CERN Accelerating science

How many points to direct the particle beam to collision?

Players of all ages lined up to play the Accelerator Game during the CERN Open Days. (Image: CERN)

How many points does one get for directing the particle beam to the collision? Unfortunately, one gets no points for the big collisions in real accelerator like the Large Hadron Collider, only enormous amounts of data. But in the Accelerator Game things work a bit differently. Developed specifically for the CERN Open Days by the Electrical Power Converters Group at CERN, this interactive activity aimed to explain the role of power converters in particle accelerators in a fun and engaging way for visitors of all ages.

In particle accelerators like the Large Hadron Collider, particles are kept in a curved trajectory by magnets called dipoles, focused using magnets called quadrupoles, and accelerated in metallic chambers called radiofrequency (RF) cavities. All of these structures are electrically powered by hundreds of CERN-specific power converters. In the Accelerator Game, visitors needed to apply the right electrical pulse to make all these structures function properly. The game consisted of two distinctive parts: an arcade-like video game and a scaled-down model of an accelerator. The goal was to accelerate and guide a beam of particles, avoiding collisions with the accelerator pipe and obstacles – collimators. In real-life, collimators allow the deposition of beam losses in specific locations, minimising the radiation impact on the collider and detectors. “We took a few liberties to strike the perfect balance between realism and amusement,” explained Fulvio Boattini, the mastermind behind the idea for this activity. “And we would say, successfully so!”

If the beam collided with these obstacles, some particles in the beam would be lost. The player would interact with the game with two controller sticks for the two types of power converters: one powering dipoles and moving the beam on the horizontal and vertical plane, and the second powering quadrupoles, allowing the player to focus and defocus the beam and avoid the more difficult obstacles. As time progressed, the beam gained speed, accelerating the particles, and challenging the skills of the player.

If any particles remained after the one minute the game lasted, the player was rewarded with a stunning animation of two colliding beams and a final score. A scoreboard with the top ten players of the video-game was added to encourage some healthy competition among visitors and volunteers. “Each time the players managed to guide the beam through an obstacle, they got points equal to the product of velocity and number of particles they still had,” explains Dariusz.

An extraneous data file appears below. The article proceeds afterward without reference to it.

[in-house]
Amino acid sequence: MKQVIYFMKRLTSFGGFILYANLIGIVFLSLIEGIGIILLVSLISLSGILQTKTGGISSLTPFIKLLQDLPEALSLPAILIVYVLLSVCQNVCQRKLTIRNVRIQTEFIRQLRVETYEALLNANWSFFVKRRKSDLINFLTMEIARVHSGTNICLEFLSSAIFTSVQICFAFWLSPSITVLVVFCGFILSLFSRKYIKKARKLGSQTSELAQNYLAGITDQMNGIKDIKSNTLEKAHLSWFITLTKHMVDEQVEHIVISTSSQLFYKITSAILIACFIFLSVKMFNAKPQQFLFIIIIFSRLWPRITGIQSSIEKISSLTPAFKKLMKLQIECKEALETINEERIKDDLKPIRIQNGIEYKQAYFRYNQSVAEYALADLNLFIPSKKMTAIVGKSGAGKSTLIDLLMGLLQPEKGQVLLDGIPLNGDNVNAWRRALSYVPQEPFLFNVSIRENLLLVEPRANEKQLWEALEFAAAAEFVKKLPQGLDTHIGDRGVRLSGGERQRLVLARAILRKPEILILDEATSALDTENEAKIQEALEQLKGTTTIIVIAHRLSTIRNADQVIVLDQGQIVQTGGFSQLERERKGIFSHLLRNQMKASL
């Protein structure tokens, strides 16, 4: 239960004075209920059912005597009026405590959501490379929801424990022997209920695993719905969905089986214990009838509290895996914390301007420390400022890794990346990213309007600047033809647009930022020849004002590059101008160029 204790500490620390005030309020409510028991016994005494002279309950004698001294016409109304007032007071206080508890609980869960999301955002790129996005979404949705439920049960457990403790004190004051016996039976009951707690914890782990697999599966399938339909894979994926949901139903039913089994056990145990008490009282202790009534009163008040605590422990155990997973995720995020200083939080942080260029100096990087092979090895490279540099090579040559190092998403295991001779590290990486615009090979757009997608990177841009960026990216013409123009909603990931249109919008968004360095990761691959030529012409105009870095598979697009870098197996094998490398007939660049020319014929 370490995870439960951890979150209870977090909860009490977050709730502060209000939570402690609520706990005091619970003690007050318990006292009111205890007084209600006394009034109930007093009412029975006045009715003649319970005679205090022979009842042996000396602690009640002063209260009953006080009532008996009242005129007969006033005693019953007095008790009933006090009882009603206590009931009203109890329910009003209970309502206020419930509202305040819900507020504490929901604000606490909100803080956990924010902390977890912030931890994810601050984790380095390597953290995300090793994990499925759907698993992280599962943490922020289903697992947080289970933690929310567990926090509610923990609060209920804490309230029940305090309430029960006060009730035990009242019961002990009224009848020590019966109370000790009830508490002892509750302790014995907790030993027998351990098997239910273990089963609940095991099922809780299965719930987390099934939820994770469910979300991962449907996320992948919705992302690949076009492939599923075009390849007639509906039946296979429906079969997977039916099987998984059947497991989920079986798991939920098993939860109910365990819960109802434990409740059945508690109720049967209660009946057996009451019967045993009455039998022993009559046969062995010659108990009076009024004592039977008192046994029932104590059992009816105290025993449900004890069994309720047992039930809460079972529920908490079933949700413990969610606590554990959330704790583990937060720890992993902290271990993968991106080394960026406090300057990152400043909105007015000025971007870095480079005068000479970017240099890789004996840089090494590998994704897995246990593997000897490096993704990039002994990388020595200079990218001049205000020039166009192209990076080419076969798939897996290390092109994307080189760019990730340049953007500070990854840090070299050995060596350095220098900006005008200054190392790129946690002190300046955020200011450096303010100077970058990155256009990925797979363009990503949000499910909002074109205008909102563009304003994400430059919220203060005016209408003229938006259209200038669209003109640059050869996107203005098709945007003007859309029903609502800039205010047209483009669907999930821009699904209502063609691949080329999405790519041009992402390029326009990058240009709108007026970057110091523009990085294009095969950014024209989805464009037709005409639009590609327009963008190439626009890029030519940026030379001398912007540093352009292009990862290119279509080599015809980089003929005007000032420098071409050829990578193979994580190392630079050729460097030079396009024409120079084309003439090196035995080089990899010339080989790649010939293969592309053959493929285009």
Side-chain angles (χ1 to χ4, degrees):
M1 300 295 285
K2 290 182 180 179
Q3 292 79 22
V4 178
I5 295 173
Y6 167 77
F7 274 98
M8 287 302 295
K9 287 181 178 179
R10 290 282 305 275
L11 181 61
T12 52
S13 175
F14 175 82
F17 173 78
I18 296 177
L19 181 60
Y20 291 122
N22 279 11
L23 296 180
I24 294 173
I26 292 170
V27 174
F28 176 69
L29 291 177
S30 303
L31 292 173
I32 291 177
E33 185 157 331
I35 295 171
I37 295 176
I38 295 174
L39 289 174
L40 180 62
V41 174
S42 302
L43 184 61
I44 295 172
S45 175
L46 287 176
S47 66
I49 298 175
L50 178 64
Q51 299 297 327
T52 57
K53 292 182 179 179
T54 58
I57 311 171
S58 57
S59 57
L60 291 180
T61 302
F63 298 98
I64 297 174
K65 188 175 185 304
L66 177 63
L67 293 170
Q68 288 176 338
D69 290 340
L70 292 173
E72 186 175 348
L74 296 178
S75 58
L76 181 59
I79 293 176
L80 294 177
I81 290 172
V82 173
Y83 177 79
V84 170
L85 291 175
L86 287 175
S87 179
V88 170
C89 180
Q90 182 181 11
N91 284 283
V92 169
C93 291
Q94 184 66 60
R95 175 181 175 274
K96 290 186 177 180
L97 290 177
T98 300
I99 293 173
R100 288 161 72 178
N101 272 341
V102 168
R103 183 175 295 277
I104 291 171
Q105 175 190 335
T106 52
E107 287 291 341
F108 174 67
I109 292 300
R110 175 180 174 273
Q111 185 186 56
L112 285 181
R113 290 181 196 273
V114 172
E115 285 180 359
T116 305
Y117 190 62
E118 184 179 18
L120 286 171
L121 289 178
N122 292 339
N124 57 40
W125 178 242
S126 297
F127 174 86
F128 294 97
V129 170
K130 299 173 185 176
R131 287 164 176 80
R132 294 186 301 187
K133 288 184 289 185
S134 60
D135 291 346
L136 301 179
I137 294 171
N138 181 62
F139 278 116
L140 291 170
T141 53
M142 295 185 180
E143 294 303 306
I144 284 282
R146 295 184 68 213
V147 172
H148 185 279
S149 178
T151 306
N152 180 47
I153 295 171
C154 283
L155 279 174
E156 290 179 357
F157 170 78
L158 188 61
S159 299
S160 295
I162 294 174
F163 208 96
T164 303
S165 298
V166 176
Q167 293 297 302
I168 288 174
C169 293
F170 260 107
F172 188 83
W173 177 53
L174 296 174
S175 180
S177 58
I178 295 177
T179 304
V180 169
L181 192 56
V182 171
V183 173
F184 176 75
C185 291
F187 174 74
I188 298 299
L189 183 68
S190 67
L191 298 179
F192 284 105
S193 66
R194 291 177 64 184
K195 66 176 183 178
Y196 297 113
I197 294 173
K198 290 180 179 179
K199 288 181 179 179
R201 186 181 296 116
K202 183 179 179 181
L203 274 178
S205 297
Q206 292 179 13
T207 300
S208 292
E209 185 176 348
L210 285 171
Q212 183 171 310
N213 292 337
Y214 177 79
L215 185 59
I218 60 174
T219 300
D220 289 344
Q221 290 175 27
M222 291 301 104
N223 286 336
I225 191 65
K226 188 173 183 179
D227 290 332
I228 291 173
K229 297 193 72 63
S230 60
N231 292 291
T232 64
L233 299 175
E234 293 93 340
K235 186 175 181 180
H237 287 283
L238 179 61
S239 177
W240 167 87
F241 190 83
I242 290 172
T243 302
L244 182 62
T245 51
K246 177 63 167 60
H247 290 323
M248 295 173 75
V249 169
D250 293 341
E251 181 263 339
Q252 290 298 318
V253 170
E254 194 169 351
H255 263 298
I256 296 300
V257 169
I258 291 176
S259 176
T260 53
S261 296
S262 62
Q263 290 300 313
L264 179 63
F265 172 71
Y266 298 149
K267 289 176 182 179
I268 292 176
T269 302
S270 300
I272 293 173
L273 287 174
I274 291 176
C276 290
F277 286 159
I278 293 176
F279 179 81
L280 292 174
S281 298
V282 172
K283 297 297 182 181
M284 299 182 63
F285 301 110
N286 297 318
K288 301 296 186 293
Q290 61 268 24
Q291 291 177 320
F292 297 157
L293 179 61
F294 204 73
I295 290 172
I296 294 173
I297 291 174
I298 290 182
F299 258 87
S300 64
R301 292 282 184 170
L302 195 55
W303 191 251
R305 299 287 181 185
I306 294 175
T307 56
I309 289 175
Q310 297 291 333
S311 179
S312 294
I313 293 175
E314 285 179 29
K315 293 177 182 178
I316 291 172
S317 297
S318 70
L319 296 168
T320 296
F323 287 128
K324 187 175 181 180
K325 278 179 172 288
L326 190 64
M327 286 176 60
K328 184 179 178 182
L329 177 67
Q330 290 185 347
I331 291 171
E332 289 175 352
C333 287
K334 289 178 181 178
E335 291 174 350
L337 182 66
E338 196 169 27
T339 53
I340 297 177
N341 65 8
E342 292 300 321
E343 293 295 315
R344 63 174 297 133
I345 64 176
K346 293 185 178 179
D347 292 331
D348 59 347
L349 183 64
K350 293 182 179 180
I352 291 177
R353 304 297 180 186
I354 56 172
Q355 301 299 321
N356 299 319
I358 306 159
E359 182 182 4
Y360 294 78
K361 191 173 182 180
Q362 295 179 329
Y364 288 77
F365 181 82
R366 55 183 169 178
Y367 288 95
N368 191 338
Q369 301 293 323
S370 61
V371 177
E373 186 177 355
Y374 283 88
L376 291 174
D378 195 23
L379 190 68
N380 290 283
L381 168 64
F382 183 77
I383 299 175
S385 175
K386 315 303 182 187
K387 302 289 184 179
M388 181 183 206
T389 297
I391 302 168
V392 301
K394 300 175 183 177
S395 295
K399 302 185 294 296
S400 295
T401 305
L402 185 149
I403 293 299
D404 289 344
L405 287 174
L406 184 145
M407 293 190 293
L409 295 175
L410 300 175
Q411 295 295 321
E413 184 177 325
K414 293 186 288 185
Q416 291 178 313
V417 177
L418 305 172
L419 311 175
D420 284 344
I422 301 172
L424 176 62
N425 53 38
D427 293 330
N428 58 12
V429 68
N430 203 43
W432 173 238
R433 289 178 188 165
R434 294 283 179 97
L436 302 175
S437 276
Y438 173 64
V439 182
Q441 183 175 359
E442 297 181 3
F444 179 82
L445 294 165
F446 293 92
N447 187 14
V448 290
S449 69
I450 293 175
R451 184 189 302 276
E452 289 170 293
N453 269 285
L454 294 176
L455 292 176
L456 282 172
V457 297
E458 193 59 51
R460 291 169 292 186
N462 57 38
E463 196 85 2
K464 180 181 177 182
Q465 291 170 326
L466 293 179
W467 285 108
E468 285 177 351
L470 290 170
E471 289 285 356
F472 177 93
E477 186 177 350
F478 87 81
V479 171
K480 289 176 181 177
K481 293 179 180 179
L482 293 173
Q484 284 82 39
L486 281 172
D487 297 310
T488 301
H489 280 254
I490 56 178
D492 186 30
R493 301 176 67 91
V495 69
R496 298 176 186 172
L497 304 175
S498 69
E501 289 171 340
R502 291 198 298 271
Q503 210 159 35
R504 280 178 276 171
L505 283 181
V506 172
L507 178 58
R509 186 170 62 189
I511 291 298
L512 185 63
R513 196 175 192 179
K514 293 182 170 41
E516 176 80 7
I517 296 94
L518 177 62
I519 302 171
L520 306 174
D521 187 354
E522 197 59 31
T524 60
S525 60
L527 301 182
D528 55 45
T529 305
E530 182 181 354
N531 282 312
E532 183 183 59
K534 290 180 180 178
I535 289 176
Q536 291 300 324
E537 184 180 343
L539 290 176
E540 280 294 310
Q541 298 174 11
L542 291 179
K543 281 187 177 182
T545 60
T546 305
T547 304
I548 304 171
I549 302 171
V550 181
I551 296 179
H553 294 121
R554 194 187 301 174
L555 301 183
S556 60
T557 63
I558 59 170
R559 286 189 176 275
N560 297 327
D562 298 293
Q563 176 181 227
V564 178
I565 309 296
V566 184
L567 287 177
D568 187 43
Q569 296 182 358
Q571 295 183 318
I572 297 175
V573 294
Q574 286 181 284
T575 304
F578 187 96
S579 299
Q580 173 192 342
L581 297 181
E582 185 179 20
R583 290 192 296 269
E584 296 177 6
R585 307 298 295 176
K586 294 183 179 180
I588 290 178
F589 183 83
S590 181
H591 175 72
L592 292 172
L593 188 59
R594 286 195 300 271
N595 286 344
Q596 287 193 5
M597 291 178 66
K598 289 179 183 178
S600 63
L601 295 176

The creation of this game was a joint effort by different sections of the EPC Group at CERN and the surprising contribution of two students from CERN’s High-School Students Internship Programme (HSSIP). The video-game itself was developed using the UNREAL engine by Christoph Merscher, with the collaboration of Dariusz Zielinski, who also designed the visually stunning animations and images, and Krzysztof Lebioda. “We started developing the game having almost no knowledge of the Unreal Engine. Every time we came up with a new challenge, we had to find out a solution, learning along the way. First, we were using block-based graphical programming, but soon we realized we had to write code in C++ to achieve the behaviour we wanted,” says Christoph.

To make the experience more tangible, Arnaud Bessonnat constructed a 1.2 meter scaled-down model of a circular collider, using 3D printing techniques. It included dipoles, quadrupoles, radiofrequency cavities, a detecting experiment and, of course, power converters. A LED strip around the accelerator simulated the two counter-rotating beams and the magnetic field. As particles gained speed, the LED beam rotated ever faster and the magnetic field glowed stronger. João Afonso wrote the code to switch each individual LED on and off in a predefined pattern, using an Arduino microcontroller. This program received instructions from the video-game through a communication protocol specifically designed for this purpose, and synchronised the LED beam with the progress of the player through the game. João based the program on the original work of two students from CERN’s High-School Students Internship Programme (HSSIP).

Accelerator Game display, with the model scaled-down accelerator and the interactive video-game developed by the Electrical Power Converters Group at CERN. (Image: CERN)